Many artists these days are using Mainstage for their rack of tones and to play backing tracks to support the band. There are others, however, that have started using Mainstage as a live looping machine. Live looping is essentially recording a live take, and then overdubbing more takes as the previous take loops in the background.
Live looping is an interesting art form when done well, and can be annoying when an artist doesn’t know how to perform in a compelling way. When pieces are looped, the endless repetition can be grating. We are going to explore some ways to use Mainstage live to add some flexibility to live looping.
Getting the Concert Ready - Creating the Controls
To start off, we are going to want to put all the controllers that we want to use in the Layout Screen. In this case, I am going to create a Layout with buttons that correspond to my Axiom Pro. The buttons will still work in the Mainstage window, so you can follow along.
Create a new Concert (using ‘Keyboard Starter’ from the template chooser works nicely), name it ‘Live Looping’, and open the Layout Screen.
Add 9 buttons to the screen in a telephone layout simply drag them in from the Screen Controls Palette below the layout screen:
Assign the buttons so that they correspond to the buttons on your controller. If you have no controller, then skip this step. We simply select a button, select ‘Assign’ in the inspector, and touch the button we would like to use on our controller. Make sure to turn the ‘Assign’ button off when all the buttons have been assigned.
Now bring in 3 waveform controls from the Screen Controls Palette.
This is a good place to start. We may add more later.
Getting the Edit Window Ready
Now we need to start getting our Edit window ready. We will create Loopback plugins at the concert level first, then try them out at the patch level.
Select the edit tab, then select the ‘Live Looper’ concert.
In the channel strips area, create 3 auxiliaries by clicking the ‘+’ in the upper right of the channel strips.
Go to the channel strip settings for each auxiliary and choose ‘Reset Channel Strip’. Use Bus 3-5 for their inputs, and place a Loopback plugin on each Auxiliary. Turn the channel strip volumes up to ‘0db’
On each Loopback, choose the gear in the upper right hand corner of the loopback, and choose ‘Set Concert Tempo After First Take’.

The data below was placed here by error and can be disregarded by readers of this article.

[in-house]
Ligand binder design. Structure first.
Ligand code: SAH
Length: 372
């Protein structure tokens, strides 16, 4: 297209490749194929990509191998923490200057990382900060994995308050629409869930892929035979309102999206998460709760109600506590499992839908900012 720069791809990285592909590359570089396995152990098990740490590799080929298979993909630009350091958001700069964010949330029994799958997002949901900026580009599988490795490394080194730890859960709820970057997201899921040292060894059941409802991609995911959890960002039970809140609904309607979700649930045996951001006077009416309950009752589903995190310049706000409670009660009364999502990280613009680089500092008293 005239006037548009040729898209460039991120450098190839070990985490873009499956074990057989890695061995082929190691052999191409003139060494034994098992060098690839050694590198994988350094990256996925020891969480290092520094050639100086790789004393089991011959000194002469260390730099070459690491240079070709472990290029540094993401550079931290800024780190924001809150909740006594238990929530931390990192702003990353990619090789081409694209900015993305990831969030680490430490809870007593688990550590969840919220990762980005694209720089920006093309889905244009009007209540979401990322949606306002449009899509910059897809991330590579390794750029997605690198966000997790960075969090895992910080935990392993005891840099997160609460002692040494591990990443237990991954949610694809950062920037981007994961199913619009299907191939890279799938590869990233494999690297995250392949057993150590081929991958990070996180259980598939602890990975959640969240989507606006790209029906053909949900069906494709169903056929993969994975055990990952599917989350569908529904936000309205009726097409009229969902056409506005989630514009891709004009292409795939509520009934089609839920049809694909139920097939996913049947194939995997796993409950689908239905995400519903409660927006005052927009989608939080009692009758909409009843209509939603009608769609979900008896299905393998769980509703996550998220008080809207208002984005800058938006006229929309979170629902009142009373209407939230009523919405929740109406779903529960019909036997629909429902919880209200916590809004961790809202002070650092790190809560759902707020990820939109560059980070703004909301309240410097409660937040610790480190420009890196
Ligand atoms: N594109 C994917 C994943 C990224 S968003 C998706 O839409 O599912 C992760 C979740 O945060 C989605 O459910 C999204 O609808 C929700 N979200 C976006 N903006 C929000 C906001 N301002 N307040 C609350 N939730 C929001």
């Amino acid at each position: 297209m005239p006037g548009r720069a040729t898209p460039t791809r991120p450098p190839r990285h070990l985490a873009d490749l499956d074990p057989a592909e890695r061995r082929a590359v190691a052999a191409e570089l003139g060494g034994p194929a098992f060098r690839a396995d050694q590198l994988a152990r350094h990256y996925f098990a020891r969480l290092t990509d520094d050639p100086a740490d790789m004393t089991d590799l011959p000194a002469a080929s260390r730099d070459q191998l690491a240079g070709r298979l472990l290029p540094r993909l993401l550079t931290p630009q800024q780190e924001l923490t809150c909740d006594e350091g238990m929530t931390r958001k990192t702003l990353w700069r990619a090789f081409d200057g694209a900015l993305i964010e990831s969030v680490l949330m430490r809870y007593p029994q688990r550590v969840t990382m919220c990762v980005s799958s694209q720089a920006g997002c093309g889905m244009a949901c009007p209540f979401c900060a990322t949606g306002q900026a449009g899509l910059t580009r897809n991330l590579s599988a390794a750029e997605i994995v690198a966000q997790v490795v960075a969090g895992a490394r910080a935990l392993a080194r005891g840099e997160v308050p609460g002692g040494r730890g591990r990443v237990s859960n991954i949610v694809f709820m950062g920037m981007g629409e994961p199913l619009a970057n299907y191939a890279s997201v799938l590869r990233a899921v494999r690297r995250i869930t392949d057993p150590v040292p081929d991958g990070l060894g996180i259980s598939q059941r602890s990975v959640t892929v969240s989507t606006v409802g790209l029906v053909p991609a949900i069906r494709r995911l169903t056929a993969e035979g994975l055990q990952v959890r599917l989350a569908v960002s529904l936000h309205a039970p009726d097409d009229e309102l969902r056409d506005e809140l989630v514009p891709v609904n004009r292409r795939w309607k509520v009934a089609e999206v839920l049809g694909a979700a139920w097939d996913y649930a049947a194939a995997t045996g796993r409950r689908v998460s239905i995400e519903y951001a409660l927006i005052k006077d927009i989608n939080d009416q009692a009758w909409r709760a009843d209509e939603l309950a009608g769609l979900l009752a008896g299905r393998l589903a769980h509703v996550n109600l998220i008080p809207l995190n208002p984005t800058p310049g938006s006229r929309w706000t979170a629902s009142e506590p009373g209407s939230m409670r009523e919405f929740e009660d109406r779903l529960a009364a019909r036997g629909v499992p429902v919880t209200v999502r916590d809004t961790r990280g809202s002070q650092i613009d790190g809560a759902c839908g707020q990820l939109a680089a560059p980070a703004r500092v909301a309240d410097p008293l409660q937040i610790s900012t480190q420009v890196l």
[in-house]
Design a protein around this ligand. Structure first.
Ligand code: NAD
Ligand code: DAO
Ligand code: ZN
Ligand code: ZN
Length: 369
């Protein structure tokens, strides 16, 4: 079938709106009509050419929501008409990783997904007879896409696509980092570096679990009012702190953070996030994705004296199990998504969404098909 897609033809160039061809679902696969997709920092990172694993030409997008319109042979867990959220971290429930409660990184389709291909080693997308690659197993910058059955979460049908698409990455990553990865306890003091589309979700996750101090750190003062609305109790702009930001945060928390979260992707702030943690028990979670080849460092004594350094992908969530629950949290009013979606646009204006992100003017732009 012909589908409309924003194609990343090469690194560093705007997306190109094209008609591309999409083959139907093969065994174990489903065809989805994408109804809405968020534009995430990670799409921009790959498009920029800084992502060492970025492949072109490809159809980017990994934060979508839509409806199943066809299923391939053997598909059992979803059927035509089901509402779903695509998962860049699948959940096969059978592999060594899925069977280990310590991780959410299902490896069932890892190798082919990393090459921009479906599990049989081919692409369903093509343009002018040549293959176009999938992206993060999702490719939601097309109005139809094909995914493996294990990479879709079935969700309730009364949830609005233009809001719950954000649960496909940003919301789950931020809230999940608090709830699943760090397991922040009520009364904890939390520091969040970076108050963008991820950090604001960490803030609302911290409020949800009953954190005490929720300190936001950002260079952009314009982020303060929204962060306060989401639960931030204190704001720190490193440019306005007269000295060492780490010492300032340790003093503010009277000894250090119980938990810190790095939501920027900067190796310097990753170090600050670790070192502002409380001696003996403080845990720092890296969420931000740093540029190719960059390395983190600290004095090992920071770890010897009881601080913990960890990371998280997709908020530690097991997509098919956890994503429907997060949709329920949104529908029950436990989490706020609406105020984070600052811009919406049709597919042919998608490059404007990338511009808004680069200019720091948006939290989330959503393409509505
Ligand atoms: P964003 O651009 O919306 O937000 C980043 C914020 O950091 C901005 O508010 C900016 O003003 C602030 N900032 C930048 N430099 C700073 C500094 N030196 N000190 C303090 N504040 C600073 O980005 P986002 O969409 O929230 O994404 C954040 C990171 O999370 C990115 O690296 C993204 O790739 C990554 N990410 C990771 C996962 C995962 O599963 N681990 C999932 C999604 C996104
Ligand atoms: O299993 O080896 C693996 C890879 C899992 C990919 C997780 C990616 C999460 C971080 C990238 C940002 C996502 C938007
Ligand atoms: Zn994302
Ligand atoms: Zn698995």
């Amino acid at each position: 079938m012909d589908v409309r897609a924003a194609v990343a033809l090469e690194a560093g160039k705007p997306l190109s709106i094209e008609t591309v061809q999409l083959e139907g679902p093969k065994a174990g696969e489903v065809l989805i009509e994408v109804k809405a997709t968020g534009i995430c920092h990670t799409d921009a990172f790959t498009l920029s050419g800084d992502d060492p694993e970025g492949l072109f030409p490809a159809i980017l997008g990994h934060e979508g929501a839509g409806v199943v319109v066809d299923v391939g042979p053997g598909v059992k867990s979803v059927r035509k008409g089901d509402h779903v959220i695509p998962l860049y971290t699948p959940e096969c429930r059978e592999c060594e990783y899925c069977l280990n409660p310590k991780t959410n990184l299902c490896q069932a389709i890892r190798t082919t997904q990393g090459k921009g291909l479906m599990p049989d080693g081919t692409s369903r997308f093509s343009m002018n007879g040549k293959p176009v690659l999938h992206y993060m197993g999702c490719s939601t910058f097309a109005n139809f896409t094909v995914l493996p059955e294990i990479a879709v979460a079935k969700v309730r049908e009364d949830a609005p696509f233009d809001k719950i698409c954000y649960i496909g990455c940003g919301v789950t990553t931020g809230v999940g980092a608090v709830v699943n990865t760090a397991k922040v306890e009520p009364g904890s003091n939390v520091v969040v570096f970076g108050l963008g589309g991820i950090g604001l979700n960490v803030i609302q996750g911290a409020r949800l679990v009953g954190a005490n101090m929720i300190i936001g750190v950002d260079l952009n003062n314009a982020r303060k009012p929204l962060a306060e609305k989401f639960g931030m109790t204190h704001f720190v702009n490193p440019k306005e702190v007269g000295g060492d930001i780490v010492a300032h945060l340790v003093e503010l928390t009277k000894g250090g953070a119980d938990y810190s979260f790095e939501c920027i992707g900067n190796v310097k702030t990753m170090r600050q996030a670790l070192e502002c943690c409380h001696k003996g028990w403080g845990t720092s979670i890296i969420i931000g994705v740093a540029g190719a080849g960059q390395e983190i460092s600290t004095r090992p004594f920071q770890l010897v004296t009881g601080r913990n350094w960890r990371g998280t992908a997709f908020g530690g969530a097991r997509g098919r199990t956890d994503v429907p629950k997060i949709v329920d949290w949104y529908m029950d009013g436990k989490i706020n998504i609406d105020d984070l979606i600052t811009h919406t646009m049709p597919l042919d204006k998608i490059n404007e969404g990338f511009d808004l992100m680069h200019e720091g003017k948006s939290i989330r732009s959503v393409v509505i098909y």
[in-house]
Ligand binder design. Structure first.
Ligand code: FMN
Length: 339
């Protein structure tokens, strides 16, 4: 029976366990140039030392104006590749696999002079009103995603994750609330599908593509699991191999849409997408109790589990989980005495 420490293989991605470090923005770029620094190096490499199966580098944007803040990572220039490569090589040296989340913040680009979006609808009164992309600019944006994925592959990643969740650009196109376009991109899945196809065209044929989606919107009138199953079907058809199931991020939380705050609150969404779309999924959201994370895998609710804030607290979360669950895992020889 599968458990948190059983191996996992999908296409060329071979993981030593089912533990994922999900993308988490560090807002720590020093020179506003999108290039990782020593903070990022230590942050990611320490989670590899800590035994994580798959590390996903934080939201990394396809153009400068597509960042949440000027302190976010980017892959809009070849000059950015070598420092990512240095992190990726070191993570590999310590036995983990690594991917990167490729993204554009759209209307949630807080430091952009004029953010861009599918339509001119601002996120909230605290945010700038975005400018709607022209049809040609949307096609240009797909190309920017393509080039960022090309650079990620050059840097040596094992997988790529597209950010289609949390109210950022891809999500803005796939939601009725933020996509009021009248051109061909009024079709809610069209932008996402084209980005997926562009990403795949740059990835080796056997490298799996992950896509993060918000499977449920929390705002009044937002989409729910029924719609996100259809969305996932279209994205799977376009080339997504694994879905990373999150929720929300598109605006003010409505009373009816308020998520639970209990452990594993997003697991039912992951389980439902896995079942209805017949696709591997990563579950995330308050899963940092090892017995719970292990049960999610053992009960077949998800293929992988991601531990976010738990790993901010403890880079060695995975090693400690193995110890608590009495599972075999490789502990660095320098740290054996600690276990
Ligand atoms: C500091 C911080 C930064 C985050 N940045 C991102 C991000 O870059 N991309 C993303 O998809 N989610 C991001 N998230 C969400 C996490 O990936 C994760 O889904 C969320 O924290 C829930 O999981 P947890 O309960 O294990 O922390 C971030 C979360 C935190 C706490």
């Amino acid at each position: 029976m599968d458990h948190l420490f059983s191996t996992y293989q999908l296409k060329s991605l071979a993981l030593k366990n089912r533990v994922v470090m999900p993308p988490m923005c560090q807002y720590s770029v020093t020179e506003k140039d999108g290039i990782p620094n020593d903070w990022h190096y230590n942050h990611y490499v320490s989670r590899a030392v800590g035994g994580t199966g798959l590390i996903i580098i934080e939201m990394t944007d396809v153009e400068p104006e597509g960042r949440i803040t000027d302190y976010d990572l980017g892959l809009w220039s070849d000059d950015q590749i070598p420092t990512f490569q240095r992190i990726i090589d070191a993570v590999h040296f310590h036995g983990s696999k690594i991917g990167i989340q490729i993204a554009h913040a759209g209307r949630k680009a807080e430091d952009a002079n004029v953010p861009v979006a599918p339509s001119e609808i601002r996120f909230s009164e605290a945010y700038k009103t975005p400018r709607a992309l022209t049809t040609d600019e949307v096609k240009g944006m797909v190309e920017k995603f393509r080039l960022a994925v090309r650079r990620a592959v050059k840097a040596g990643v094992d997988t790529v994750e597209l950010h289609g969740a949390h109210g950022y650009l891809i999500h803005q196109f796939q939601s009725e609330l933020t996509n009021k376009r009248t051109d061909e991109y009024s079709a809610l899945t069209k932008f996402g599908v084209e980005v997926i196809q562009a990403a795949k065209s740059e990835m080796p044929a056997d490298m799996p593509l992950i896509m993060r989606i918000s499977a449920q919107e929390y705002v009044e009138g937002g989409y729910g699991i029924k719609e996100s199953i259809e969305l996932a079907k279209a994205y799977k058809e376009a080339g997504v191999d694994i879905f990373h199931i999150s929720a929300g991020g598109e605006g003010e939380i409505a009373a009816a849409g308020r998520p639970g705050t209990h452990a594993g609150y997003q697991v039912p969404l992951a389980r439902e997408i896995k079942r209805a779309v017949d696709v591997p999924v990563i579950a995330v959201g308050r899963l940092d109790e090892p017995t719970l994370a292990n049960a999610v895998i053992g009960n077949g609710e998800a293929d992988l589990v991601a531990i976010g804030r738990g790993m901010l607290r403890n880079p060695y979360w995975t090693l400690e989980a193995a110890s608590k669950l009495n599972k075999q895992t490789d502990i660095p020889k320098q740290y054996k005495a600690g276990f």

This is a way to determine how fast our concert is by the length of our first take.
Turn the ‘Snap’ controls of all the Loopbacks to ‘off’ and make sure Sync is set to‘On’
Click on a waveform control in the Workspace. In the Screen Control inspector below, assign a waveform to each looper.
Now we are going to assign the top row of buttons in the workspace to the first Loopback. Assign the buttons as follows:
Leftmost button: Aux 3 > Loopback > Transport > Record
Middle Button: Aux 3 > Loopback > Transport > Clear
Rightmost Button: unassigned
Repeat this for the other Loopback plugins as well.
Go ahead and rename the auxiliaries to Loop 1, 2, and 3.
Go to the first patch below the Live Looper Concert, and create three new audio channel strips.
Set outputs to the busses that correlate to Loop 1, 2, and 3, and Mute them.
Be sure to double-click the bottom of the audio channels and rename them Loop 1, 2, and 3.
Click on the rightmost buttons in our workspace, and assign them to mute each channel strip we have in our patch. This will be the gate that feeds our hungry Loopers.
The Big Test
The way this looper works is for the serious live looper. This technique works best if there is a grooving sound happening through the UN-muted first looper and the record is triggered exactly at the downbeat.
The groove continues until we hit the record button again, which turns the record function off, but leaves the loop playing. This sets the tempo of the concert, which keeps our other loopers in lock step.
With the first channel UN-muted with the record disabled, a musician can still feed the channel strip without recording on top of the previously recorded layer.
Overdubbed layers can then be added on the other two loopers by UN-muting the channel, then hitting record when the time is right. Hitting record again will create the next individual loop, and everything will still be in time.
On Loop 2 and 3, try creating longer loops by waiting to turn the record button back off after engaging it. This will make the live piece seem less repetitive.
To clear the loops and reset the tempo value of the concert, hit spacebar on the computer keyboard while the workspace is selected. It’s a good idea to have basic transport controls set up to control Mainstage for this purpose.
To add reverb to the looped material, be sure to send from the auxiliary, not the channel strip that’s in the patch. This way, the looped material will be processed regardless of the artist using the channel strip to solo or loop. When Loopback is set up like this, Loopback monitors incoming signal while looping what it has recorded as well.
Effects that are applied as an insert on the patch’s channel strips will go to Loopback, but sends will not be looped. One clever way to achieve an interesting looped effect is to have the signal sending to a reverb at the channel strip, where it sounds lush, then looping that material. When the loop is engaged and the signal stops going through the channel strip, it can then be processed differently at the Aux.
Next time we’ll explore using Loopback with instruments, tempo, and fixed loops!